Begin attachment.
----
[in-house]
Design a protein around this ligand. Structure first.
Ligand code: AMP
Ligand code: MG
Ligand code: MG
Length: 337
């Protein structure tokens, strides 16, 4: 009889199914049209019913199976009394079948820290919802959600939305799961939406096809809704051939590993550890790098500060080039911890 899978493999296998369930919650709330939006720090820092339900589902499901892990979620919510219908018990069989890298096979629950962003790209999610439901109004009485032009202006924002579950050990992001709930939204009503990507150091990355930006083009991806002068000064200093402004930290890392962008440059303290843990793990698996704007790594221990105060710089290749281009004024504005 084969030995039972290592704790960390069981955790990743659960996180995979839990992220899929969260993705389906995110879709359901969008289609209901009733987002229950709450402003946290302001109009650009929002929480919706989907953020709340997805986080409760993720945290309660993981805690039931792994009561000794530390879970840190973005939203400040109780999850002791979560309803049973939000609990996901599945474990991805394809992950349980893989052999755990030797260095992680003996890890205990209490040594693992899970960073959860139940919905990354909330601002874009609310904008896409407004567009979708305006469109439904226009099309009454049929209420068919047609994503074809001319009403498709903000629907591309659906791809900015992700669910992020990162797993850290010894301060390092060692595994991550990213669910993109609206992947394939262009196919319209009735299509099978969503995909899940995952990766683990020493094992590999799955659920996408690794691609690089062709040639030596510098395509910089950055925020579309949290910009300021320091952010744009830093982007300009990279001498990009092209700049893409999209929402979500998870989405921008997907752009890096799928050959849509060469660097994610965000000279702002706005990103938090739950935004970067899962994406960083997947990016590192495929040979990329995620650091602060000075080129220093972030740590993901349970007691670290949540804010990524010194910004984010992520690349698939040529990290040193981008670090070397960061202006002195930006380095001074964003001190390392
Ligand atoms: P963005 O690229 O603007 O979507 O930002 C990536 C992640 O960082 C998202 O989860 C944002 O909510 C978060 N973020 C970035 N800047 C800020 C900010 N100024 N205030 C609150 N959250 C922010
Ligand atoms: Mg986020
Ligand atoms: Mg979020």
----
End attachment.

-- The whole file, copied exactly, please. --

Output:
[in-house]
Design a protein around this ligand. Structure first.
Ligand code: AMP
Ligand code: MG
Ligand code: MG
Length: 337
């Protein structure tokens, strides 16, 4: 009889199914049209019913199976009394079948820290919802959600939305799961939406096809809704051939590993550890790098500060080039911890 899978493999296998369930919650709330939006720090820092339900589902499901892990979620919510219908018990069989890298096979629950962003790209999610439901109004009485032009202006924002579950050990992001709930939204009503990507150091990355930006083009991806002068000064200093402004930290890392962008440059303290843990793990698996704007790594221990105060710089290749281009004024504005 084969030995039972290592704790960390069981955790990743659960996180995979839990992220899929969260993705389906995110879709359901969008289609209901009733987002229950709450402003946290302001109009650009929002929480919706989907953020709340997805986080409760993720945290309660993981805690039931792994009561000794530390879970840190973005939203400040109780999850002791979560309803049973939000609990996901599945474990991805394809992950349980893989052999755990030797260095992680003996890890205990209490040594693992899970960073959860139940919905990354909330601002874009609310904008896409407004567009979708305006469109439904226009099309009454049929209420068919047609994503074809001319009403498709903000629907591309659906791809900015992700669910992020990162797993850290010894301060390092060692595994991550990213669910993109609206992947394939262009196919319209009735299509099978969503995909899940995952990766683990020493094992590999799955659920996408690794691609690089062709040639030596510098395509910089950055925020579309949290910009300021320091952010744009830093982007300009990279001498990009092209700049893409999209929402979500998870989405921008997907752009890096799928050959849509060469660097994610965000000279702002706005990103938090739950935004970067899962994406960083997947990016590192495929040979990329995620650091602060000075080129220093972030740590993901349970007691670290949540804010990524010194910004984010992520690349698939040529990290040193981008670090070397960061202006002195930006380095001074964003001190390392
Ligand atoms: P963005 O690229 O603007 O979507 O930002 C990536 C992640 O960082 C998202 O989860 C944002 O909510 C978060 N973020 C970035 N800047 C800020 C900010 N100024 N205030 C609150 N959250 C922010
Ligand atoms: Mg986020
Ligand atoms: Mg979020």